Acharei Kiddush: Jerusalem Throne Games: Bible Story Battles after the Death of David

Jerusalem Throne Games: Bible Story Battles after the Death of David explores the political battle for power to succeed David expressed through selected stories from the beginning of the Book of Genesis.

In these confrontations, combatants wielded a new weapon of war that was changing the course of human history, the alphabet prose narrative. With this weapon, competing factions battled for throne not with the blog, the op ed, the tweet or the essay, but through storytelling.

In this book six of those stories from Gen. 4–11 are analyzed through the lens of the succession of Solomon and the collapse of his kingdom. These stories are identified as “son” stories or supplements to the existing alphabet narrative from the time of David. They were written by the various factions or priesthoods vying for power and are political in nature.

These stories will be the subject of the presentation. The questions raised in the traditional rabbinic and academic interpretations demonstrate the need for a political interpretation from the time of Solomon. _______________________________________________________________________________________________________________________________________________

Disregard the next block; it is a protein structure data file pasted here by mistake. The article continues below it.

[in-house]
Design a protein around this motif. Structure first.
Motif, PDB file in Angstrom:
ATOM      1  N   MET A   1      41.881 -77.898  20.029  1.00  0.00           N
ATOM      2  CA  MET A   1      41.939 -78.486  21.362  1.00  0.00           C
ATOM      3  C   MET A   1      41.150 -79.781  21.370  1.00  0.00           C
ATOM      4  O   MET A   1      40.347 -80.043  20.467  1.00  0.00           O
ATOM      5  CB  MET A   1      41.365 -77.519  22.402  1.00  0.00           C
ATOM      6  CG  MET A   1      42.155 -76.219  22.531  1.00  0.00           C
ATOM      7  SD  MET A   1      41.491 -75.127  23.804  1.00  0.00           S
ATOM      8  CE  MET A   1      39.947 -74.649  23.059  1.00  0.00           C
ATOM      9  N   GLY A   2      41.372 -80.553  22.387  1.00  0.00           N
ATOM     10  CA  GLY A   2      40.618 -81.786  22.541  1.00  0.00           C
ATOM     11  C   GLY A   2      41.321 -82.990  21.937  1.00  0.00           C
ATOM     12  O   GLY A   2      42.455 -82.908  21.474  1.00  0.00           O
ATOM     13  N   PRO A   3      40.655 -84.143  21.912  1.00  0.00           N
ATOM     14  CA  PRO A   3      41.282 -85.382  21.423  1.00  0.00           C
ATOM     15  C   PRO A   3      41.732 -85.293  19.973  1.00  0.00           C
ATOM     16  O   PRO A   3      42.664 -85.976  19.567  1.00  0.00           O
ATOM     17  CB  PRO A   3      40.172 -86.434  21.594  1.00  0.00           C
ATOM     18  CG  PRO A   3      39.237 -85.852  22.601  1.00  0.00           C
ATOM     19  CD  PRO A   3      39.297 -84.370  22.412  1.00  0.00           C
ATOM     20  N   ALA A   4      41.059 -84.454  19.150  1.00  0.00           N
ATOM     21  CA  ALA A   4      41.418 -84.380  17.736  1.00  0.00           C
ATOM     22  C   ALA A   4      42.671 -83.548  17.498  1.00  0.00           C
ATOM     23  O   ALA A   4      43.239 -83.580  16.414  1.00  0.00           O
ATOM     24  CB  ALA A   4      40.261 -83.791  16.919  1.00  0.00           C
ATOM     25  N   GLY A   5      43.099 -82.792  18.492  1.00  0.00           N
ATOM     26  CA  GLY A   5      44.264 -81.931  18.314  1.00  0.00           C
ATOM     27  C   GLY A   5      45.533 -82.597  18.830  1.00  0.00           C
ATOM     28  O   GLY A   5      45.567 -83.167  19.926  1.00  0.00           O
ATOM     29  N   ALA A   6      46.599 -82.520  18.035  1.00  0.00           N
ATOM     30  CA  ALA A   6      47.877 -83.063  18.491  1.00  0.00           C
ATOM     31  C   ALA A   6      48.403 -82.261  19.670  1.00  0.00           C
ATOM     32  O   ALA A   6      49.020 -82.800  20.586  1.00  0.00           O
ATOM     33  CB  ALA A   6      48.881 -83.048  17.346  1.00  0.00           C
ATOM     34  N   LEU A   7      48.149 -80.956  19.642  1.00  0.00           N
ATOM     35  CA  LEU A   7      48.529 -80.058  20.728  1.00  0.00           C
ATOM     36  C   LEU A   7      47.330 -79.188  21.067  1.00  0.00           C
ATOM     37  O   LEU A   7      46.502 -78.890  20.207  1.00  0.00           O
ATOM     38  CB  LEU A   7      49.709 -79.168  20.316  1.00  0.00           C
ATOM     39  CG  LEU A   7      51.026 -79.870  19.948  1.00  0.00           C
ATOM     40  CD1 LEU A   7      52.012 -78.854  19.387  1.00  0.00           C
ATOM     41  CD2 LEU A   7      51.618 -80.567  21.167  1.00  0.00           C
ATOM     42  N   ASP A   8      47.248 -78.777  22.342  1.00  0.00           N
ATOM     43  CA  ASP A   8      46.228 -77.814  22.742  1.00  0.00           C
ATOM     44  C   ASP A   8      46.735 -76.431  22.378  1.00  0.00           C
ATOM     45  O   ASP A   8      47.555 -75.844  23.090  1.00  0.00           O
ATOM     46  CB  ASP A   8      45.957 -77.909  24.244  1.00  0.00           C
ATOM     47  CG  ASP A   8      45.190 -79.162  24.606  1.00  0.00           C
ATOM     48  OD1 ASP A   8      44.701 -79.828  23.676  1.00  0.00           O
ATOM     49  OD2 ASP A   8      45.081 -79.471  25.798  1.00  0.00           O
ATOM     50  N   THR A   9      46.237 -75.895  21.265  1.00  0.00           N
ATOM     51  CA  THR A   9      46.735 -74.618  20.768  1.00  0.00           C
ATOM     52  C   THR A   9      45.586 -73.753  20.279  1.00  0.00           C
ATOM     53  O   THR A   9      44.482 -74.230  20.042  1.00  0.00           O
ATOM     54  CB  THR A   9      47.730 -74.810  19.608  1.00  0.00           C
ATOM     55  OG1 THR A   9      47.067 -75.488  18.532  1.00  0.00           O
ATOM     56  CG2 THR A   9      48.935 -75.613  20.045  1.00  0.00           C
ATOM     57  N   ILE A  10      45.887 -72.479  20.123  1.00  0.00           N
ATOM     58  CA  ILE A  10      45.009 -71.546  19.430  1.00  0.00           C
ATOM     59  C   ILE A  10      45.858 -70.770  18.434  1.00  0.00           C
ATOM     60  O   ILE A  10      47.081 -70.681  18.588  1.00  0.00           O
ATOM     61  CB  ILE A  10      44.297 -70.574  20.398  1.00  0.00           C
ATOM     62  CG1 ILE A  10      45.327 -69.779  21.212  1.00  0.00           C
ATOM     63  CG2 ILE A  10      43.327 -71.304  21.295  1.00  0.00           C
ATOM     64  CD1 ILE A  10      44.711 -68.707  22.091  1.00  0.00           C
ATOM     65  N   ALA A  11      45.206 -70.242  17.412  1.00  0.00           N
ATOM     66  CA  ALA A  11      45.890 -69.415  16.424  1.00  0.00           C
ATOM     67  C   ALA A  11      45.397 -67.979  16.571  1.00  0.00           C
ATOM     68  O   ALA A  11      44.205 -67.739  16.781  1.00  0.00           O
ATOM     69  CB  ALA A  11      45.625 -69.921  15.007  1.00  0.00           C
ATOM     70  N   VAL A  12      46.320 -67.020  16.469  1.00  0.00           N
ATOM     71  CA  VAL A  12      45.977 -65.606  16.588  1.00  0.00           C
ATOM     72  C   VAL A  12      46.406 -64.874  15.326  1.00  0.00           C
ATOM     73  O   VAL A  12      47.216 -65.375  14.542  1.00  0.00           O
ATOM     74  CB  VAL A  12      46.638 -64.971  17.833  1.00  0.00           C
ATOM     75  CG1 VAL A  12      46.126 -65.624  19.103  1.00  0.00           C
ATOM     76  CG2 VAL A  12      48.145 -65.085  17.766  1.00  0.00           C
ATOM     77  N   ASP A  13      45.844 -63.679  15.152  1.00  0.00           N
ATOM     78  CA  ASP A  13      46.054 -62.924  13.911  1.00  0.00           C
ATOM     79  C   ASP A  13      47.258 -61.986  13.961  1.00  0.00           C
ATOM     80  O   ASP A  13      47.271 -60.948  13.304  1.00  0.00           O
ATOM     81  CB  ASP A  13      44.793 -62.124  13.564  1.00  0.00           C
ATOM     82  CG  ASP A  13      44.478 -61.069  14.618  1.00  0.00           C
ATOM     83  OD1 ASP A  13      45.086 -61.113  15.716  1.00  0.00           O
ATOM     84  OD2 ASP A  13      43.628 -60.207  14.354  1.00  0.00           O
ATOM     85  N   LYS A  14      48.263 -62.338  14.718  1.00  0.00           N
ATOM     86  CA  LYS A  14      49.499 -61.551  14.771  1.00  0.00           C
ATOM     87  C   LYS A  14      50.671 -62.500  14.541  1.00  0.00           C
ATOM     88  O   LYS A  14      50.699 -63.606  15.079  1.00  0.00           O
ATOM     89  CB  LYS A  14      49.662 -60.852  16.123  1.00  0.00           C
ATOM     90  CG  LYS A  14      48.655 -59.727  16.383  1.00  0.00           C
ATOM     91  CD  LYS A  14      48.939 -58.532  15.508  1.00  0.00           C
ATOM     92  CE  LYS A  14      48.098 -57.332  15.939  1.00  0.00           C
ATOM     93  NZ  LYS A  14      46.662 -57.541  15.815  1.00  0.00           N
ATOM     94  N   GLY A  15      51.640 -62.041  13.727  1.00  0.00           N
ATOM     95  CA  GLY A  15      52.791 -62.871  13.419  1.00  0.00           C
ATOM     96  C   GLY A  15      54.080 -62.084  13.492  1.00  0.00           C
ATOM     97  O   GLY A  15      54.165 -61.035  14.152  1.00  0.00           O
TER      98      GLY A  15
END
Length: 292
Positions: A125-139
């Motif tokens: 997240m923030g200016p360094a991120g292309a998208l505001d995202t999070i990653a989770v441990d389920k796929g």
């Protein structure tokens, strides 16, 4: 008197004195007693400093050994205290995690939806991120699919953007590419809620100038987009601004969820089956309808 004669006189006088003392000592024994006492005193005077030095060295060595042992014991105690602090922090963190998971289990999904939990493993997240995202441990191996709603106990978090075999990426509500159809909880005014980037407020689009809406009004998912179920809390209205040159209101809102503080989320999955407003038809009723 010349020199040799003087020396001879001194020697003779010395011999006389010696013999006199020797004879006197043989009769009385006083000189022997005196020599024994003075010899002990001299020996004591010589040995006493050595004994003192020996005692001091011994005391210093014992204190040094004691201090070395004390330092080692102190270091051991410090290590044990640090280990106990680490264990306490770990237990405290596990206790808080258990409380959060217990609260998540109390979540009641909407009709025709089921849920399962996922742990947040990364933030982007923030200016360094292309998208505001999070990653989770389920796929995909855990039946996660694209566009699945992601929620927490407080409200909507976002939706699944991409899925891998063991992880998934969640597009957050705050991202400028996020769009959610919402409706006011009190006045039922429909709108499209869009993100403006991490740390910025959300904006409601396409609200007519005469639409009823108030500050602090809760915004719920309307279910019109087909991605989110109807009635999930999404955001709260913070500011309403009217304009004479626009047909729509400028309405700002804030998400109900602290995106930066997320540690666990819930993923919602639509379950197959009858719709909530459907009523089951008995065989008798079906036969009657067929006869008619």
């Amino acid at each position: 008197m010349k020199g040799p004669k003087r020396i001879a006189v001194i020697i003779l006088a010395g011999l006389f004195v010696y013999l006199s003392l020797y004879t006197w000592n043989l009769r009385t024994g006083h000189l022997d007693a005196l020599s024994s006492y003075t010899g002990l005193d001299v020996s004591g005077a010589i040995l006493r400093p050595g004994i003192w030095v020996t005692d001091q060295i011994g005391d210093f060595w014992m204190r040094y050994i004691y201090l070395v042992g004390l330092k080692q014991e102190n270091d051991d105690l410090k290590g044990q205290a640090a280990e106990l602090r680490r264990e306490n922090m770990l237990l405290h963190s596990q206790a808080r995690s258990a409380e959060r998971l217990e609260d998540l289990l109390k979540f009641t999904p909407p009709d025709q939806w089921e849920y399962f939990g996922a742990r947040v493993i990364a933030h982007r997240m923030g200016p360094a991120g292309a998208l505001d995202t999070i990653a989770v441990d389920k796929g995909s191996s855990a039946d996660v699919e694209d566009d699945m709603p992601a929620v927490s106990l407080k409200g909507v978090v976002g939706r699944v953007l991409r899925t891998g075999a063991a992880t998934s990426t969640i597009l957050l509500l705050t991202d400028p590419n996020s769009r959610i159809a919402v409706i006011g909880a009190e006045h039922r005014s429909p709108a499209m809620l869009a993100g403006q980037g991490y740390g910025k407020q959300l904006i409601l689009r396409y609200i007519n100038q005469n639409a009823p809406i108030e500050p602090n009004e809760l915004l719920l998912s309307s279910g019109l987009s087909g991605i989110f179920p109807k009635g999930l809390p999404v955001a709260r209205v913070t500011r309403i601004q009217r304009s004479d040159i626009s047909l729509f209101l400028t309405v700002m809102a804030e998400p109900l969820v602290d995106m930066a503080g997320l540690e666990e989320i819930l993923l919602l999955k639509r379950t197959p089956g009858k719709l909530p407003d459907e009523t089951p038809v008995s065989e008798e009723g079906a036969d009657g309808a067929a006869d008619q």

Peter Feinman received his B.A. in history from the University of Pennsylvania, a M.Ed. from New York University, an MBA from New York University, and an Ed. D. from Columbia University. His interests cross disciplinary boundaries including American history, ancient civilizations, biblical history, and New York history. He is the author of AWhere Is Eden?@ in Creation and Chaos: A Reconsideration of Hermann Gunkel's Chaos Kampf Hypothesis, “Jericho,” The Routledge Encyclopedia of Ancient Mediterranean Religions, and “Canaanites, Catholics, and God’s Chosen Peoples: William Foxwell Albright’s Biblical Archaeology,” Near Eastern Archaeology. His current book is Jerusalem Throne Games. He is a contributor to the forthcoming book Five Views of the Exodus and will be writing a book The Exodus: An Egyptian Story.  He advocates for the importance of local and New York State history in the curriculum, community, and tourism and is the author of a blogs on The State of New York State History. American History, Civics and Politics, and Biblical Archaeology and Literature.




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